Santa Monica – City Hall, Airport Commission at odds

CalPilots Editor: Santa Monica City Hall Acts Surprised at an Airport Commissioner’s bias against the airport I don’t know, but it seems to me that “City Hall” might have determined that a “real estate executive” serving as an airport commissioner might be biased toward closing the airport.


CITY HALL – A letter released by City Hall Wednesday revealed concerns held by top city staff that some airport commissioners have crossed the line between “dispassionate policy advisors” to the City Council and neighborhood activists set on influencing the future of Santa Monica Airport.

“We are all biased, we all have preconceived notions and we are creatures of our previous experience. That’s all a given,” City Manager Rod Gould said Wednesday. “It’s not a bright line, but we haven’t seen the level of advocacy and involvement before that is currently on the Airport Commission.”

The two-page document, from Gould to Airport Commission Chair E. Richard Brown, lays out in pointed language the manager’s belief that airport commissioners have engaged in community activism in a way that suggests that the commission “may be losing its bearings.”

The most glaring example mentioned was a survey released on the website of the activist group Community Against Santa Monica Airport Traffic entitled “Santa Monica Airport Commission Visioning Workshop Survey,” which was both briefly discussed at the Nov. 28 commission meeting and distributed at a state senate hearing about SMO on Nov. 30 by a community group under the name of Airport Commissioner David Goddard (CalPilots Editor’s Note: a real estate executive).

The title suggests that it is an official survey sanctioned by City Hall- which it is not – but that’s not the end of it.

“[T]he larger issue of the survey is that it begs the question as to whether CASMAT is a covert arm of the Airport Commission or the Airport Commission
is a vehicle of CASMAT,” Gould wrote. “Either way the commission loses legitimacy.”

The letter was drafted in response to a request by Brown that the Airport Commission be given the ability to review and comment on staff’s work relating to the second phase in a three-part visioning process about the future of the airport.

The second phase will involve a series of community workshops where people can express their desires for the future of the airport, including the status quo and outright closure.

Several residents had said that the first phase of the process was slanted in favor of the airport, and that they did not have faith that City Hall would let them speak their mind in upcoming meetings.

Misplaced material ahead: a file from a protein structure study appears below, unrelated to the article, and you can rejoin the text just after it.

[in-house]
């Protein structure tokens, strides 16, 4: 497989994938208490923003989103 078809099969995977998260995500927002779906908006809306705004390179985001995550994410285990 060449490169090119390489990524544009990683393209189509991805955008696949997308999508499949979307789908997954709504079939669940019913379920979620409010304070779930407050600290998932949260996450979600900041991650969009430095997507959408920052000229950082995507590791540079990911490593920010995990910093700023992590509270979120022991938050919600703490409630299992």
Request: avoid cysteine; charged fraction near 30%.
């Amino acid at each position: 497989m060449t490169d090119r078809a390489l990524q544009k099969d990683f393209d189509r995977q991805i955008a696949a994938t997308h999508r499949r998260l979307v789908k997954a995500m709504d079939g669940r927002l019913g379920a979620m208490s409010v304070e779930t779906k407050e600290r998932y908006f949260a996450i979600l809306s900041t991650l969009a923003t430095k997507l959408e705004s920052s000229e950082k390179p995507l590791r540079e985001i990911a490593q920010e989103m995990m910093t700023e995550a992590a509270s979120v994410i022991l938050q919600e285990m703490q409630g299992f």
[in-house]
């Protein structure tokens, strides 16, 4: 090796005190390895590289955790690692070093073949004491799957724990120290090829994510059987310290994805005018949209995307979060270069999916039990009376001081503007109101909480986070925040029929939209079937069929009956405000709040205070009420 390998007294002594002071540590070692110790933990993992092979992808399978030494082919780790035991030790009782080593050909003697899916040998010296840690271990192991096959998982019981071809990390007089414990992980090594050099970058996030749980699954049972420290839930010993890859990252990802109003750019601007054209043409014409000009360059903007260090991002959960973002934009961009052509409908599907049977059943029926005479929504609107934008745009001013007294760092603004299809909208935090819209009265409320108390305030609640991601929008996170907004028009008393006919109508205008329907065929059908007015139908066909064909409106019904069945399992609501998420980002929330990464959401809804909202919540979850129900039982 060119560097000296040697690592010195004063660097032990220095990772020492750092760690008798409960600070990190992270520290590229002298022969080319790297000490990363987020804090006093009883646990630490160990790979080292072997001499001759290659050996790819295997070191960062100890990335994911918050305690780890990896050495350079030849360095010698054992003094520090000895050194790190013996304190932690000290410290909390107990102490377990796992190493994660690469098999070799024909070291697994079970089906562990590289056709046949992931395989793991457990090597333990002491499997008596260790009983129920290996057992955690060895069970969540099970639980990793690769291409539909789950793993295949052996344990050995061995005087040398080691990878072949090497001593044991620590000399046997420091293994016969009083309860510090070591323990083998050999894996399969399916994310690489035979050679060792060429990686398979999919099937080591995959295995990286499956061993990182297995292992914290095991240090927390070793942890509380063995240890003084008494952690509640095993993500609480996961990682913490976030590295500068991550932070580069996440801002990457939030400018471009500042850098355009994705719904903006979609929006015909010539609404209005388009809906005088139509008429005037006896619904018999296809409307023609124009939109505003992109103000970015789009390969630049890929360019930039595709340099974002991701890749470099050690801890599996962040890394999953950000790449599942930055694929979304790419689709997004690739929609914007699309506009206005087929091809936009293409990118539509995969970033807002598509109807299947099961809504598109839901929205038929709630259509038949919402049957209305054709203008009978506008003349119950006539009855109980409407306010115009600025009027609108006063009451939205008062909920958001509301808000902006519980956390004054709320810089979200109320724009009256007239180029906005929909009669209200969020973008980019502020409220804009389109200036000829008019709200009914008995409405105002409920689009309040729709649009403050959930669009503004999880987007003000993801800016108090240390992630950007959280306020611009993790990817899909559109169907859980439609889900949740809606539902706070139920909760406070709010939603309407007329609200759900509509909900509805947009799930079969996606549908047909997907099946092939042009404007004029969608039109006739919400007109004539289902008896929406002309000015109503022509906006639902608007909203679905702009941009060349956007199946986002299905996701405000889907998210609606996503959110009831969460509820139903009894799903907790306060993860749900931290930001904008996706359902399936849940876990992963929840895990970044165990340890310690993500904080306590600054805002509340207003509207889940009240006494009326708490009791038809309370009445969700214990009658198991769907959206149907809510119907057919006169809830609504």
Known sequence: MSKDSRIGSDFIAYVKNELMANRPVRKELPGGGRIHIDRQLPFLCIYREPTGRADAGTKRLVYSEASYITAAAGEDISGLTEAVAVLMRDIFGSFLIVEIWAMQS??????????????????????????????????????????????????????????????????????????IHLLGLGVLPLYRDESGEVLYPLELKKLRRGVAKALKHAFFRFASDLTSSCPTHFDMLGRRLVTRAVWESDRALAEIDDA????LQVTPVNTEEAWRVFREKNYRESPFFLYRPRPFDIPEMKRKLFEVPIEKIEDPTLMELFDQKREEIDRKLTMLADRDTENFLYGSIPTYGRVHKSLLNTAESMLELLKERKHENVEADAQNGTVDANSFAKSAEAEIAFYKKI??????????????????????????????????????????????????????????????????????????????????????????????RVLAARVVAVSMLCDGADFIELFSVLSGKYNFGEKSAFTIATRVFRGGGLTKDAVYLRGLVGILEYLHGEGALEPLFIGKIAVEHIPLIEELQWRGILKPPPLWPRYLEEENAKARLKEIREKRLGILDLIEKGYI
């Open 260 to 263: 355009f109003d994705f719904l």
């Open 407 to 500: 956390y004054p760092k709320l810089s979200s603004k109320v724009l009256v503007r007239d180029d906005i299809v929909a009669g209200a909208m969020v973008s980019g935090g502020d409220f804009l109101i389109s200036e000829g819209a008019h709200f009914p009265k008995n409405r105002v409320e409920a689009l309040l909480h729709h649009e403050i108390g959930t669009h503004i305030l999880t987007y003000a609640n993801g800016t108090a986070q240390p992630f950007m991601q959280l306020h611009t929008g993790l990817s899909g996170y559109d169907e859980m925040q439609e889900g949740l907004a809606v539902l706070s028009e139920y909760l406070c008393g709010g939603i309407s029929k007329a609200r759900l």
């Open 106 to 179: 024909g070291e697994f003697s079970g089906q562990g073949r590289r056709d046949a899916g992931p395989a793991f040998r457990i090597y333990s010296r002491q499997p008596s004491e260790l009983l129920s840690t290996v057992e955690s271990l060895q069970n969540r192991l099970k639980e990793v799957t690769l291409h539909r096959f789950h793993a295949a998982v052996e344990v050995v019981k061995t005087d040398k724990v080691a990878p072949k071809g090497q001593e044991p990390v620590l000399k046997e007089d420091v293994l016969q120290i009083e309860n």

Commissioners asked to weigh in on an introduction that Assistant Director of Public Works Susan Cline said would be read to participants of the work groups explaining what City Hall could do at the airport without raising the ire of the Federal Aviation Administration, which has sued City Hall successfully in the past for restricting aviation activities at the airport.

“I frankly thought that the way the process has been structured, there was a risk that may be very narrowing of the discussion to a set of parameters that city staff was comfortable with, whether or not the council or residents were comfortable with it,” Brown said.

That request was brought up to the City Council Tuesday under a consent agenda item to contract with an outside consultant to design and run the second phase of the process.

That item was pulled for further discussion, at which point City Council Member Kevin McKeown argued that it be granted in order to improve public confidence in the process.

“There were some that felt that phase one shifted opinion toward a certain point of view,” McKeown said. “We should go through it in such a way that makes the public confident that we are exploring all of the options.”

City Attorney Marsha Moutrie told the council that making staff’s work available was one thing, but giving the commission oversight over the process raised concerns.

First, it was important to maintain the separation between policy makers like the City Council and its advisory boards and commissions.

“Second,” Moutrie said, “there’s a mounting body of evidence that the Airport Commission is not interested in understanding a full range of options.”

All of the commissioners are residents of Sunset Park, home of the neighborhood group Friends of Sunset Park, which has long mobilized against the airport.

Goddard, the newest commissioner, is an active member in the group, and it is a message from him that appears on the printed version of the CASMAT survey that was distributed Nov. 30.

“I draw that line in that my responsibility is to advise the City Council through the Airport Commission on policy issues,” Goddard said of the survey. “With respect to taking a survey, that’s something that the community is doing because it is concerned about the visioning process.”

Commission meetings often have lopsided representation, with the majority of participants speaking against the airport. Pilots have complained that they see little point in speaking before the commission.

For his part, Brown considers himself the chair of the Airport Commission only, not a part of any advocacy group, and he feels that the commission has done a great deal to reach out to members of the flight school and pilot community to solicit their input about operations.

Still, he doesn’t think that airport commissioners have the responsibility to be disinterested observers.

“I don’t believe that coming on the commission means that people give up their points of view as citizens or residents of Santa Monica,” Brown said.

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